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Andre Ethier is out of lineup again, partly because of a slump

The outfielder, who also is dealing with injuries, appears as a pinch-hitter Wednesday against the Astros.

May 25, 2011|By Ben Bolch
  • Dodger outfielder Andre Ethier has been in a slump since his 30-game hitting streak came to an end earlier this month.
Dodger outfielder Andre Ethier has been in a slump since his 30-game hitting… (Nam Y. Huh / Associated Press )

Reporting from Houston — Andre Ethier was out of the Dodgers' lineup for a third consecutive game, and there was more to the explanation than a collision with a chain-link fence.

Manager Don Mattingly said he held Ethier out against the Houston Astros on Wednesday in part because his right fielder was slumping at the plate.

And in a further sign that he might have lost some confidence in one of his team's best hitters, Mattingly used Ethier as a pinch-hitter … only to remove Ethier from the game so that Jay Gibbons would be assured of another at-bat.

The move led to an awkward sequence in the middle of the seventh inning. After being intentionally walked as a pinch-hitter during a rally that fizzled, Ethier grabbed his glove in the dugout and jogged to right field. He then jogged back as Gibbons took his spot.

"It was just confusion," Mattingly said. "With Gibby coming up fifth [in the eighth inning], we wanted to have him there and give us a shot right there."

Said Ethier: "[Mattingly] told me to go out and then he brought me back in. … I guess they changed their mind."

The Astros intentionally walked Gibbons in the eighth to pitch to Dioner Navarro, who hit a fly ball to end the inning.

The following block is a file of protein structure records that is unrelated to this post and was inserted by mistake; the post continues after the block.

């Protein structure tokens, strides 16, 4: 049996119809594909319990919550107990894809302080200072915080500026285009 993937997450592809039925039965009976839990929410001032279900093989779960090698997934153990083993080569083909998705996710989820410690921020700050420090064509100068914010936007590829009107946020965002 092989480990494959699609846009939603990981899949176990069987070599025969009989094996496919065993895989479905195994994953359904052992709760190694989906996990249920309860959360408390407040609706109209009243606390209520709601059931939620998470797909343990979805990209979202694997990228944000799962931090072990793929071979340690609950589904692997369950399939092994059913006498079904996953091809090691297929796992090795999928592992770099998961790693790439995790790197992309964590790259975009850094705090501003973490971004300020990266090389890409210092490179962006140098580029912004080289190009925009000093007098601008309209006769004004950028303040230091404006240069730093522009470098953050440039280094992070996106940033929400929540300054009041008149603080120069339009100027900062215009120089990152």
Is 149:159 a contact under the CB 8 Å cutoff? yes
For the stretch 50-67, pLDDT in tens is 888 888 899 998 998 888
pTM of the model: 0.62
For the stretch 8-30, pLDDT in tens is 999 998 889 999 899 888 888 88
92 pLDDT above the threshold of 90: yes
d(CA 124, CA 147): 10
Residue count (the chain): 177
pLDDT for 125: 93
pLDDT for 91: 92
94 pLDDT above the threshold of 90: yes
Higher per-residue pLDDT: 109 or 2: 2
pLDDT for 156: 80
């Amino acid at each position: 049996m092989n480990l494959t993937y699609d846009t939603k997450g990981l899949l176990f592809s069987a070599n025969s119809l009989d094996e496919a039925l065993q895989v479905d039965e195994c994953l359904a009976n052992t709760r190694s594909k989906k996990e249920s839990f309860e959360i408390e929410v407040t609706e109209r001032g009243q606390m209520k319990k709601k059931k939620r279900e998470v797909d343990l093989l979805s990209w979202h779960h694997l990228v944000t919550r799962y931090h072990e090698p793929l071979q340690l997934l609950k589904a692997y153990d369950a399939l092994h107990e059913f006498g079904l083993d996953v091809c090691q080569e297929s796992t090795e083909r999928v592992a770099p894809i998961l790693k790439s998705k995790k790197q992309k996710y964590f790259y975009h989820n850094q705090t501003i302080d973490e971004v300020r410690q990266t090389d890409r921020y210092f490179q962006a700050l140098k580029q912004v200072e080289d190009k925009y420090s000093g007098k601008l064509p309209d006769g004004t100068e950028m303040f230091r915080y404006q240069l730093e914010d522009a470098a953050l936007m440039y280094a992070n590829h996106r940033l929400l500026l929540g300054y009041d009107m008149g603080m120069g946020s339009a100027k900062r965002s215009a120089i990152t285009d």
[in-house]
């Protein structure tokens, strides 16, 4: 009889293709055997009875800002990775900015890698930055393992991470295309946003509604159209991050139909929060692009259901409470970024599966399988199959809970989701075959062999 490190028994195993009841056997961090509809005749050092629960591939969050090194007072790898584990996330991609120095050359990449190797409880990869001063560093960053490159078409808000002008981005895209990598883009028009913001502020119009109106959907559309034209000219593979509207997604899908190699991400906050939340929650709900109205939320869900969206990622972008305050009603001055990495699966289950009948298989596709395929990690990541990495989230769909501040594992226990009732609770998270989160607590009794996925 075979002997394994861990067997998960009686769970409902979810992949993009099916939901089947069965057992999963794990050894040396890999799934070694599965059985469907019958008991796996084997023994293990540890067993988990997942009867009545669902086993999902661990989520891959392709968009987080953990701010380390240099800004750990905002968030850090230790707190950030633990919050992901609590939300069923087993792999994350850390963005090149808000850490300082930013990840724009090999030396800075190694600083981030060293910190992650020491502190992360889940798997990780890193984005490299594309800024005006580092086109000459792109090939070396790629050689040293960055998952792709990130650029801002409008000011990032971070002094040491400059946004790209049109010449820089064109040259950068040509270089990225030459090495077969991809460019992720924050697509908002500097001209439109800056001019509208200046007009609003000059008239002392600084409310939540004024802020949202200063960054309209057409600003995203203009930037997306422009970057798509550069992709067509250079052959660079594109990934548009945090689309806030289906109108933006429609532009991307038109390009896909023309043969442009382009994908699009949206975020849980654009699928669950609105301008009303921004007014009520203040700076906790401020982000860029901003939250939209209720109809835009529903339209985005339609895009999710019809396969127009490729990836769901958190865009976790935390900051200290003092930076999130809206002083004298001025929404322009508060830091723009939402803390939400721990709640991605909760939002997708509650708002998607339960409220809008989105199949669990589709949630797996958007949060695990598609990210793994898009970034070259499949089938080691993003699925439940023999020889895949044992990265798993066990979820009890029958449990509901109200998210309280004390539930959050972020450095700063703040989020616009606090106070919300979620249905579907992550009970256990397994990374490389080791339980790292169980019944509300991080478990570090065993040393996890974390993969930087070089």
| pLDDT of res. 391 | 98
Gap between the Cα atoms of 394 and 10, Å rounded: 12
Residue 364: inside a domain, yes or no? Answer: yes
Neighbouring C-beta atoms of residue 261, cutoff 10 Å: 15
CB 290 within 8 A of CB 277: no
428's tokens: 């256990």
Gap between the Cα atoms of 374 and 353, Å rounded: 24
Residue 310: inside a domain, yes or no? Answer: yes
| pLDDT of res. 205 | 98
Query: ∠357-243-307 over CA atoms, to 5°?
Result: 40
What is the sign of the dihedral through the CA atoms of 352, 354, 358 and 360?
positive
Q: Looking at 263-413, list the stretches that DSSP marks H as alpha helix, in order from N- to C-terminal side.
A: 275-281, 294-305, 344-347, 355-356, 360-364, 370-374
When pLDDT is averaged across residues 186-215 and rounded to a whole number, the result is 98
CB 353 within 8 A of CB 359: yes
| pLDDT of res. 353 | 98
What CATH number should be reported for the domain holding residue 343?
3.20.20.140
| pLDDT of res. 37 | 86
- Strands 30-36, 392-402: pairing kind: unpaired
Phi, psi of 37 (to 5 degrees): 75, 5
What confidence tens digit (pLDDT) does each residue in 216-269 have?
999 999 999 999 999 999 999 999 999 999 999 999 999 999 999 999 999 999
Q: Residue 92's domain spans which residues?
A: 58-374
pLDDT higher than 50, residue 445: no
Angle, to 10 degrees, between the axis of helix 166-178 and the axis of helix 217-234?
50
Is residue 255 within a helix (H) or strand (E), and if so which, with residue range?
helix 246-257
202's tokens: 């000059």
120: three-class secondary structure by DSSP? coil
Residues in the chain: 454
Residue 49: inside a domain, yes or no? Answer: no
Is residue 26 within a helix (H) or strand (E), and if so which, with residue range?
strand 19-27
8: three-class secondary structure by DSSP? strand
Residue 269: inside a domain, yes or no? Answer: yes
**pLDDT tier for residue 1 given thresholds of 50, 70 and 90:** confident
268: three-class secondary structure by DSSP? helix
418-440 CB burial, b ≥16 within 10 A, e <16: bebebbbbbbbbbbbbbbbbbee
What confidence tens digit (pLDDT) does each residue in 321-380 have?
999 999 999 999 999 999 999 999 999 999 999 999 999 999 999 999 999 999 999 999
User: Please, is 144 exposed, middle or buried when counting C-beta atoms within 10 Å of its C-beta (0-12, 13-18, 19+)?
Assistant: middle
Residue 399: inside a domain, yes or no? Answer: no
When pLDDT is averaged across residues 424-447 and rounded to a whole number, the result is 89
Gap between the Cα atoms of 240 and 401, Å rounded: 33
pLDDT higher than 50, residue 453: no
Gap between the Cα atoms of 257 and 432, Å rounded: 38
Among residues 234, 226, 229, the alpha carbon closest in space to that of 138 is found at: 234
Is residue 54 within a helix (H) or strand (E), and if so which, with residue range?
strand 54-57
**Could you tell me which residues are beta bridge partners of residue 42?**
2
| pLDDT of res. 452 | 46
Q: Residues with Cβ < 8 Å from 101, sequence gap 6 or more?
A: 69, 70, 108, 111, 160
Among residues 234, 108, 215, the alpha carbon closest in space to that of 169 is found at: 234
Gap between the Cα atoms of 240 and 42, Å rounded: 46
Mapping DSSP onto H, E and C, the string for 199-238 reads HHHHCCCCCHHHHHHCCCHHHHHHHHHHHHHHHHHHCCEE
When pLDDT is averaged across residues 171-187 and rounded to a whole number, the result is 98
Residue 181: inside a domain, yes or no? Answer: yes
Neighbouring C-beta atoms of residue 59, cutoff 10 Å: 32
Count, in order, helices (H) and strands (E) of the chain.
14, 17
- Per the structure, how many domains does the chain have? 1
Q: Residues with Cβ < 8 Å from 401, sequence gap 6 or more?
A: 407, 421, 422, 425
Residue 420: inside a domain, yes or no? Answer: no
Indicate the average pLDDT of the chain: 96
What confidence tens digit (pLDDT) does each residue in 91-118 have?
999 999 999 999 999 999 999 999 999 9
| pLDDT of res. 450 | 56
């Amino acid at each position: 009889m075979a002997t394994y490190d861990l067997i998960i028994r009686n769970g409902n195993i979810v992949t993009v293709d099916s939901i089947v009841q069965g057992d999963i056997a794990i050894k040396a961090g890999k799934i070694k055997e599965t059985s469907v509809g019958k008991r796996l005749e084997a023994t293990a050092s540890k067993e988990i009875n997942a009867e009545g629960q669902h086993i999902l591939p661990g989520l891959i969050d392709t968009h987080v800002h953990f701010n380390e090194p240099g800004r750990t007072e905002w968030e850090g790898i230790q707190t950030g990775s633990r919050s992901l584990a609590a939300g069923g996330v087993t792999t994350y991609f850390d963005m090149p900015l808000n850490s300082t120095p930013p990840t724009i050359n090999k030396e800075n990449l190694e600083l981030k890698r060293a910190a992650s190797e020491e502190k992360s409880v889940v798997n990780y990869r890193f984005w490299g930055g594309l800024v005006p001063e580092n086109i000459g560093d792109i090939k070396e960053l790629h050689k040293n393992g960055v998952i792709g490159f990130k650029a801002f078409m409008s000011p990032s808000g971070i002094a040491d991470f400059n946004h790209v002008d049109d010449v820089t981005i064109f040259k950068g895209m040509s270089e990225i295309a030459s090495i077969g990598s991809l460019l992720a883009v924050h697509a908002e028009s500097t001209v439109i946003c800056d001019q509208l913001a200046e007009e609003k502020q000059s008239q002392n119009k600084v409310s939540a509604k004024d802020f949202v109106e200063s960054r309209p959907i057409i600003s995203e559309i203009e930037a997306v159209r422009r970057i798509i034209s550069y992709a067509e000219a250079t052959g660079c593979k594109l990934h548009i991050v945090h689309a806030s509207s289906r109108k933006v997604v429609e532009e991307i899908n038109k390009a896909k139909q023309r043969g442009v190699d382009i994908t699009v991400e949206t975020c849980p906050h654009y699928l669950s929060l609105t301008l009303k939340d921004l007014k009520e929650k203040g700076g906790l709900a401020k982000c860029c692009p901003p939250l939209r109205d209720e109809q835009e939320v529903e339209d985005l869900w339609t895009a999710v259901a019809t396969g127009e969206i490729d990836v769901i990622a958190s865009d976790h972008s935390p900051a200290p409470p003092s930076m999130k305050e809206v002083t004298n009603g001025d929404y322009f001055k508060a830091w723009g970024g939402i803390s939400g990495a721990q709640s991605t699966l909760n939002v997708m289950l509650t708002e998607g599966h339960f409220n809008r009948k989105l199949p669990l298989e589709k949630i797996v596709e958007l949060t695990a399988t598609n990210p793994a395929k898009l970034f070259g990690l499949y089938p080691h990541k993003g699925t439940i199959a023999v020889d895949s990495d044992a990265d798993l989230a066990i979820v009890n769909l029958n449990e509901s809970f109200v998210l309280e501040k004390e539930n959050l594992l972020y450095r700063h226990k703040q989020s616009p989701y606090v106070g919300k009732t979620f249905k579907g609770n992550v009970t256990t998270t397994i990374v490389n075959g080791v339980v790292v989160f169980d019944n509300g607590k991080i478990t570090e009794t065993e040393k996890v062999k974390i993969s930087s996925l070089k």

Since his 30-game hitting streak ended May 7, Ethier is hitting .179 with only one extra-base hit in 56 at-bats.

"I'm not going to hit in 162 games," said Ethier, who is batting .311 overall. "I didn't set out to hit in 30 straight games. I was trying to get hits and I got a lot of damn hits in 30 games, so the law of averages has to equal out."

Gibbons, who started in right field, was hitting .316 on the current trip before going 0 for 3 with a walk Wednesday.

"You want to play the guys that are going good," Mattingly said before the game. "Gibby right now, he's been hitting the ball hard. He's been dangerous for the most part, so I'm just going to ride him a little bit."

Mattingly said he also wanted Ethier, who injured his left elbow, lower back and left big toe when he crashed into the outfield fence at Chicago's U.S. Cellular Field on Sunday, to be at full strength when he returns.

"I can't get guys that are being martyrs for me and going 70%," Mattingly said. "When we get him back out there, I need him to go 100%. That's really what I'm trying to do."

With the exception of three pinch-hit at-bats, Ethier will have had four consecutive days off by the time the Dodgers open a three-game series against Florida on Friday at Dodger Stadium.

Catch, if you can

Mattingly also held Rod Barajas out for a third consecutive game, in part to give the injured catcher the equivalent of a four-day break because the Dodgers don't play Thursday.

Barajas said there was a little bit of soreness in his sprained right wrist but expected to play Friday against the Marlins. Navarro started Wednesday.

"I felt like today was a day I could go out there and play also," Barajas said, "but with the day off coming up, it kind of makes sense to take today and then have [Thursday] off just to get the most time you possibly can to let it heal and then I'm going to go right back at it and beat it up again. So the more we can give it to heal, the better."

Confidence game

Assessing Hong-Chih Kuo's progress in his attempt to return from an anxiety disorder isn't as simple as monitoring his ability to throw strikes.

"It's not really about how he looks; it's more about how he feels, what he's thinking and how he's dealing with everything," Mattingly said of the reliever, who has begun working out at the Dodgers' spring-training complex in Arizona.

Ultimately, Kuo may have to tell the Dodgers when he's ready to make the next step in his comeback from the loss of command that has sidelined him since May 10.

"He's the one who knows how he feels when he gets the ball in his hands," Mattingly said. "He's going to have to be the one who says, 'I'm ready to go.'"

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